OLT: What I especially like is that it’s a quaint and outdated word. In English those bags are called ‘clutches’, which isn't very pretty. And in French it’s either a minaudière or a ‘pochette’. But for me, a pochette means a bag. Whereas a minaudière is first and foremost a little box. I liked the idea that it could be an object you’d put on a shelf. I thought perhaps even a book collector might want one, why not? So I preferred to use a word that doesn't necessarily signify ‘a woman’s bag’.
You often use women who aren’t models in your shows. Is that an activist gesture?
OLT: Yes, in the sense that I prefer to have ‘real women’ with personality and character, rather than conventional models. But I'm not making a point about body shape or size. It’s just that the women who capture my interest have bodies that suit who they are, that’s all.
You wanted to build afresh on the Lancôme heritage when you designed this collection...
OLT: Yes, because there are always interesting things in the archives of any Maison. And since the Lancôme brand has such a long history, I couldn’t resist delving into it. The idea behind my brand is – among other things – to reinterpret the design styles of the past and add my own personal touch. I like to build on something rather than start from nothing. That gives me more layers of storytelling to work with. In this case, there was this little cherub that I wanted to reinterpret – by making it more feminine, for a start.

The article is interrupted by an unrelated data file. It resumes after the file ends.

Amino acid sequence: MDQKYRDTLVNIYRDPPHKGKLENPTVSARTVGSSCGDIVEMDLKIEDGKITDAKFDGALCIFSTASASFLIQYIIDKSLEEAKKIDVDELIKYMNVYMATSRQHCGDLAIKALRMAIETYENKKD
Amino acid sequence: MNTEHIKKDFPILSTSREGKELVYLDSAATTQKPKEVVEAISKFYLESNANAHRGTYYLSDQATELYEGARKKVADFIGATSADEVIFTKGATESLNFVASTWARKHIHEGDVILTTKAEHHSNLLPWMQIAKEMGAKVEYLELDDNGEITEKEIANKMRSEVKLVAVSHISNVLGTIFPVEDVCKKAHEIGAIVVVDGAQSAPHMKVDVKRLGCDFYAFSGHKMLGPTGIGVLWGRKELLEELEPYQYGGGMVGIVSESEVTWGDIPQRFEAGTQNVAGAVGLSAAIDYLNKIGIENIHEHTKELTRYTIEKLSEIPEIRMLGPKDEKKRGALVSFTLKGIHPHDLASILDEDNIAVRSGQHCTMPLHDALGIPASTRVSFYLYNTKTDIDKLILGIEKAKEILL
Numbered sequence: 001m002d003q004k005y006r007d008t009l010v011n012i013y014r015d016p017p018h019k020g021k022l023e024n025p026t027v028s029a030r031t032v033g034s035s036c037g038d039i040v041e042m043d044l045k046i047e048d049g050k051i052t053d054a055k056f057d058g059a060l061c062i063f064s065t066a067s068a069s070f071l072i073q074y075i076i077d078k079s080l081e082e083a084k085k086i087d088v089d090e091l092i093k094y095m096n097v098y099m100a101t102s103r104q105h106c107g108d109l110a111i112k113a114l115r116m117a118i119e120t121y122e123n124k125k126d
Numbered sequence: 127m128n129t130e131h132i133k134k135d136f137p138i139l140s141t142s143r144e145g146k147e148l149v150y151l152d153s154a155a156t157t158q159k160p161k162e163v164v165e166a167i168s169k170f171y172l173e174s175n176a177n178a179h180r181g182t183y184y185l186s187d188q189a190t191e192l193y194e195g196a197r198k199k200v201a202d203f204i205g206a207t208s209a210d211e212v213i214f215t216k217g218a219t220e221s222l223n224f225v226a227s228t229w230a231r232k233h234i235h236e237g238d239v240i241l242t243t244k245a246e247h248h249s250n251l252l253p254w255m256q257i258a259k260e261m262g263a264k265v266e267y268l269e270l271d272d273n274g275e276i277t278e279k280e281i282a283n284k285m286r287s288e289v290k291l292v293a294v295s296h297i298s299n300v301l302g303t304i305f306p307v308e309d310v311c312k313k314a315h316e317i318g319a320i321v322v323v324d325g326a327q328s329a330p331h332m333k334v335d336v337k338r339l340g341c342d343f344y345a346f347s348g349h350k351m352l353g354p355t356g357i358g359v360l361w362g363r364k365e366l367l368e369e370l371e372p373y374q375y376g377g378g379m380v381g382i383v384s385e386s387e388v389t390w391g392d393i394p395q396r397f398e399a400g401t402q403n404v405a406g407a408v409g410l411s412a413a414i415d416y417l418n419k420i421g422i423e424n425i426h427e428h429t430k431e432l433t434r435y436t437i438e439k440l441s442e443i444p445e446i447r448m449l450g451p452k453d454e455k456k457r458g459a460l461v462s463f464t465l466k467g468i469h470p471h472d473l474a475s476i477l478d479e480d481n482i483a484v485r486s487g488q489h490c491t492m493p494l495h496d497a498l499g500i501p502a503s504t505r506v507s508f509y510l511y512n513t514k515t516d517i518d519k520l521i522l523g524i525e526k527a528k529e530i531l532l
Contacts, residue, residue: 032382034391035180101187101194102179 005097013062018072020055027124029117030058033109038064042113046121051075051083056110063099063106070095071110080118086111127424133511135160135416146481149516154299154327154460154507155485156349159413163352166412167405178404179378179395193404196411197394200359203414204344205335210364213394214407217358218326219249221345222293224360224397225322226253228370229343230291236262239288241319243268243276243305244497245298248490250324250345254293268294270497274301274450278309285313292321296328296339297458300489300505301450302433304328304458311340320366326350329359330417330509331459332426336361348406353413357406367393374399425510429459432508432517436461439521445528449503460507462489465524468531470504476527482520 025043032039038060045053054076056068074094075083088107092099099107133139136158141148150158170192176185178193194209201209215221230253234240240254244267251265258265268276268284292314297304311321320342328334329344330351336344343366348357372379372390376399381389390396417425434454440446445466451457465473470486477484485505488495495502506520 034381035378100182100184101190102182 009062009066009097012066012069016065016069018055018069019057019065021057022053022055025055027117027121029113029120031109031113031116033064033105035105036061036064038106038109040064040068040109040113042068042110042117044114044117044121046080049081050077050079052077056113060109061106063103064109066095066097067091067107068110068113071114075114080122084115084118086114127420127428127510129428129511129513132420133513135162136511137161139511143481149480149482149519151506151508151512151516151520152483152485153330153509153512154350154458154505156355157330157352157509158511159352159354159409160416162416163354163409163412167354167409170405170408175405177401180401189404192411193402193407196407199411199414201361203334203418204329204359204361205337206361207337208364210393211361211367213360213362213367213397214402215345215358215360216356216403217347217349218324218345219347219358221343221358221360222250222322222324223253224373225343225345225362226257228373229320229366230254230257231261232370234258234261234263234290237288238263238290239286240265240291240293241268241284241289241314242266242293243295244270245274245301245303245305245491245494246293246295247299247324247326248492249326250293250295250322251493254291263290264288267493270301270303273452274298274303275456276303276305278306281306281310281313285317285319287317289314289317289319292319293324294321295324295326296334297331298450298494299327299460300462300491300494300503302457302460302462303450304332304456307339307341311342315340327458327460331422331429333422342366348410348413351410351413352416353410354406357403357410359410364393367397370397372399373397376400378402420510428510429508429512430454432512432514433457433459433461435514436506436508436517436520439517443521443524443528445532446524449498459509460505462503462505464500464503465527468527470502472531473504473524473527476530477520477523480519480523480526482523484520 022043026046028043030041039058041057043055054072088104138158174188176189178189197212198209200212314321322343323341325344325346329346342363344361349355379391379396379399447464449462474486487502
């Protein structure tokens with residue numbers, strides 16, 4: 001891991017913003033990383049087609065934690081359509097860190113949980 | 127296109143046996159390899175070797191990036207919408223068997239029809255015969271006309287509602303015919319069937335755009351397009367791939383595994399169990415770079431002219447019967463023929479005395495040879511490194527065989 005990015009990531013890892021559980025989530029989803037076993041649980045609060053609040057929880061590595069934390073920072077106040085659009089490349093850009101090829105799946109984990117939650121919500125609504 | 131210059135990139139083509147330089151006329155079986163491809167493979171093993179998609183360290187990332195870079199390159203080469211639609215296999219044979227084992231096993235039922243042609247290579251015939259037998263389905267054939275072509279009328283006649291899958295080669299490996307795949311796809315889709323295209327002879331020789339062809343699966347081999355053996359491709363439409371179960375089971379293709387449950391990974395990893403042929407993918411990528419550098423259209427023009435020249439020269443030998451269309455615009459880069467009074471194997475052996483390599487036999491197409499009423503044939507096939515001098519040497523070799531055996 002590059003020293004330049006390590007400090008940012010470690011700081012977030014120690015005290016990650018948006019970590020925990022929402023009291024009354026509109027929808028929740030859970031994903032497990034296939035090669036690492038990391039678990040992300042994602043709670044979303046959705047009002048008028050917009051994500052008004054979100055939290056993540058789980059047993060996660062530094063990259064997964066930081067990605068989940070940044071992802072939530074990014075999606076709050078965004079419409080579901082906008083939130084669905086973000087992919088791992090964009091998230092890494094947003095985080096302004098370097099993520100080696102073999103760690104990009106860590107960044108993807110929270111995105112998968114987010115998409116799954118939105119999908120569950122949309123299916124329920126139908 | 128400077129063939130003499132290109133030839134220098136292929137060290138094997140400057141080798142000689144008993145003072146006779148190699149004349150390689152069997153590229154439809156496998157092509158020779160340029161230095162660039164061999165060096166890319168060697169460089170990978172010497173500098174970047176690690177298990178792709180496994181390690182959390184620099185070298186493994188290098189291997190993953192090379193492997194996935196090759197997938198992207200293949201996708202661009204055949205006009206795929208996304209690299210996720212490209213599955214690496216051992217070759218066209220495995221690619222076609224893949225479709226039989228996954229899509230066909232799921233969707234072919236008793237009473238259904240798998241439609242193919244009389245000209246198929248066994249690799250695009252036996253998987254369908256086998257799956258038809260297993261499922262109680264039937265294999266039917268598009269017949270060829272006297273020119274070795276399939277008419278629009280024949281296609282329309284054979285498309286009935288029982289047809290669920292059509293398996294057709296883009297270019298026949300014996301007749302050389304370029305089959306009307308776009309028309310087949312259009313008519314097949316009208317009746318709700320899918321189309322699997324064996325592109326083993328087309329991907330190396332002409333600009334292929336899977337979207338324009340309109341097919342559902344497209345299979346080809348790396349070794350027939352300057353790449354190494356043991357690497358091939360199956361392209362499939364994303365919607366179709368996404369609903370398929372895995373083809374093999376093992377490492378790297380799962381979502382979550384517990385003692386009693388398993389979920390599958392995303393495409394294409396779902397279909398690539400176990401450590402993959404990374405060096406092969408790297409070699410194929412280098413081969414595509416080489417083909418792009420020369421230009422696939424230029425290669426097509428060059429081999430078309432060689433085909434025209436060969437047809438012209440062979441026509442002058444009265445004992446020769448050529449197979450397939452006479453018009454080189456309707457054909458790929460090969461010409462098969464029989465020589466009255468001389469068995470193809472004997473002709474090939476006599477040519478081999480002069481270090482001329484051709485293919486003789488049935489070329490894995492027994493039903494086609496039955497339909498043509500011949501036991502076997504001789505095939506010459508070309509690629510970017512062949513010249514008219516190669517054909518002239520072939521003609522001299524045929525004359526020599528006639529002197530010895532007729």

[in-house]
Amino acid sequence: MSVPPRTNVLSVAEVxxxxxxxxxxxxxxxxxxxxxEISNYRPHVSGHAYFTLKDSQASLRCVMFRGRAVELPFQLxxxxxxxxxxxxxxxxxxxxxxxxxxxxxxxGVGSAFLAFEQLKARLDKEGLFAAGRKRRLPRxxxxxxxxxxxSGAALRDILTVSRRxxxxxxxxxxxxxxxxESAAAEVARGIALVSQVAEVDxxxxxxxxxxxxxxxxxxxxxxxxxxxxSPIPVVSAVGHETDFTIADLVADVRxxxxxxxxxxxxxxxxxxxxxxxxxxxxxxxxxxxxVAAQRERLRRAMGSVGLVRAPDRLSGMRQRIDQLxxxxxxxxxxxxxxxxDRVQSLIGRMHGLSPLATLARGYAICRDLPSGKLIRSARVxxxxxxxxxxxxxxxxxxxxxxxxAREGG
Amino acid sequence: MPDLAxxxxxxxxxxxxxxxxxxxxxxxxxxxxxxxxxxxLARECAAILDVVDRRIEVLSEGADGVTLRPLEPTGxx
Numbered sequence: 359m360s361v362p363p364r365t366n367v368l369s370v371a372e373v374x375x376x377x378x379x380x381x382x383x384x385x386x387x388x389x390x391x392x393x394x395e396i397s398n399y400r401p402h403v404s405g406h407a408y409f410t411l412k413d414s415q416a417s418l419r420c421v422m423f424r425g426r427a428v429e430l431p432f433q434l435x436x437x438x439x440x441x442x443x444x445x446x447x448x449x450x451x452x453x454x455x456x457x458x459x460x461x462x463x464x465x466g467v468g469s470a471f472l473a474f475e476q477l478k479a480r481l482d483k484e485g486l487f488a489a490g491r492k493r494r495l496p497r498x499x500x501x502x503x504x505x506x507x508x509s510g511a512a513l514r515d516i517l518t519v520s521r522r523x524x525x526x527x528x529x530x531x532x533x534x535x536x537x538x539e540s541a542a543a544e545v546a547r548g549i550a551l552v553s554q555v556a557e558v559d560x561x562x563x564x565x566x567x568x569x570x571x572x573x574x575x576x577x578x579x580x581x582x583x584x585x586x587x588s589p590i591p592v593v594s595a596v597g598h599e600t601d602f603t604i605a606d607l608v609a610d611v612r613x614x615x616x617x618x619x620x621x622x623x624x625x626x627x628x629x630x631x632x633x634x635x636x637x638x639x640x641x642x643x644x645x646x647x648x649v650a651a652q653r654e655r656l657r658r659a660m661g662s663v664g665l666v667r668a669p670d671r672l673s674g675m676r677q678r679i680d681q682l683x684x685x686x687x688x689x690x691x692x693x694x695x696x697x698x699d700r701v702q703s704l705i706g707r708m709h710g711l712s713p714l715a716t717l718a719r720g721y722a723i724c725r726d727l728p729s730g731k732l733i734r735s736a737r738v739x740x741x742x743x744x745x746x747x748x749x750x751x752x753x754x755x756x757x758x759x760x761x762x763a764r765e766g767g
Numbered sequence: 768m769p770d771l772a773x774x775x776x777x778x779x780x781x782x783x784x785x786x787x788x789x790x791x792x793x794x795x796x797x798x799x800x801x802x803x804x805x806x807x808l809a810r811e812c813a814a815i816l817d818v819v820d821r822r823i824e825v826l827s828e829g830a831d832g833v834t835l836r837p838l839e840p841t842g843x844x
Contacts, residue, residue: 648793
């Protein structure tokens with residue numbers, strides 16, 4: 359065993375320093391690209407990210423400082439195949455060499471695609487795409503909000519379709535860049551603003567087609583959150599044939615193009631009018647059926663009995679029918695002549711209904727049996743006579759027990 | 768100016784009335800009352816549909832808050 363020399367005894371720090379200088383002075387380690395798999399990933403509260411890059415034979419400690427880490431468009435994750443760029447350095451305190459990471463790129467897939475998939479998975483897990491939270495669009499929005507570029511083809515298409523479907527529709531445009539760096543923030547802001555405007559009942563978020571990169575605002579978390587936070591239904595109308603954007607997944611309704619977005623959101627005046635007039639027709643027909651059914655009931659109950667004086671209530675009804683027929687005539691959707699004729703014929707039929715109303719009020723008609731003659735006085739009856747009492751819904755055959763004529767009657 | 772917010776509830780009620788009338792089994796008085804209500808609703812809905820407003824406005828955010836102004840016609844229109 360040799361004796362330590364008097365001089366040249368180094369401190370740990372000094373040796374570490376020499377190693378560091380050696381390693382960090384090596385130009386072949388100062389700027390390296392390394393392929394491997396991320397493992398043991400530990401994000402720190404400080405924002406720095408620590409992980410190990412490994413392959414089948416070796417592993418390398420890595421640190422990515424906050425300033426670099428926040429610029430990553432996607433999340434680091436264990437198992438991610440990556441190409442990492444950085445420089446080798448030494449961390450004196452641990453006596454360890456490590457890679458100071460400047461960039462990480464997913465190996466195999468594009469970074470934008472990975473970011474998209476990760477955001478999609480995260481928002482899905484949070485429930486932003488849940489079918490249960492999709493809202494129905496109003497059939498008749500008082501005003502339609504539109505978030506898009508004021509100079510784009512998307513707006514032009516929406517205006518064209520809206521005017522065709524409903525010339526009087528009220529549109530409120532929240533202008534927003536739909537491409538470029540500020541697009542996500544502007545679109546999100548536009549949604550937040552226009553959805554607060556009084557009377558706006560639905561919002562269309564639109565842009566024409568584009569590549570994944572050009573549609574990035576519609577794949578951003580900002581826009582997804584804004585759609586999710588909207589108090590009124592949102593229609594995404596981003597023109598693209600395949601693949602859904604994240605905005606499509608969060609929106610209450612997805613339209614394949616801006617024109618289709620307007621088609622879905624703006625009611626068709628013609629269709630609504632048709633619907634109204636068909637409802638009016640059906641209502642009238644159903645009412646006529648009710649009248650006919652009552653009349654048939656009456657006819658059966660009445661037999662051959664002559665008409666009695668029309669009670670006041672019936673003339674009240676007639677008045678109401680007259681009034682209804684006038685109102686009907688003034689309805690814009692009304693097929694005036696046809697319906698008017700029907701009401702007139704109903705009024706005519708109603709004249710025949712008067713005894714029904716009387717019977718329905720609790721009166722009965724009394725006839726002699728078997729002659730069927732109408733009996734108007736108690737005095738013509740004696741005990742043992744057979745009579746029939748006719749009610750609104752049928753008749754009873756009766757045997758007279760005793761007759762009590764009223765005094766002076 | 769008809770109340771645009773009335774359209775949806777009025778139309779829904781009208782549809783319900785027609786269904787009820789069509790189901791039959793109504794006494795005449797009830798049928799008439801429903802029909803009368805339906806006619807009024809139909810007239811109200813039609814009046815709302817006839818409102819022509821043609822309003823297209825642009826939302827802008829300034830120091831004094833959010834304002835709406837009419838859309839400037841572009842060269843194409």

One of the things you have in common with Lancôme is your work on colour. How do you approach that?
OLT: Usually when I choose a theme, I straightaway start thinking about what colours would fit with that and it doesn’t take me long to put together a palette. In fact when I worked with Gilles Dufour, I was the one in charge of colours. I have zillions of coloured sheets of felt in my office. I cut bits off the all the ones that make me think of the theme. Then I put them together, I see which combinations work and which don’t... For this collection I did the same thing, I brought together bits of felt in colours I liked and wanted to see translated into make-up.
What are you proudest of in this collection?
OLT: Of how beautifully the make-up palette is made. I didn't think we’d manage to create such a pretty piece made of embroidered fabric... In all the collaborations I’ve done so far, this is the first time we’ve managed to produce an embroidery. It really does look just like one of my minaudières. And I’m happy to be able to use everything that’s inside.
What’s your favourite product?
OLT: The L’Absolu Rouge Le Bisou Olympia 1980 lipstick, of course! I love the little lips at the top of the lipstick...
Can you tell us a bit about the little drawings you made for the collection?
OLT: They’re mainly of the angel’s accessories – her rose, her glasses, a little book... There is also a lipstick, hearts, and a mouth. And a ribbon with Olympia written on it, of course!
Olympia's Wonderland by Lancôme will be available at all Lancôme stores and counters nationwide this 16 August.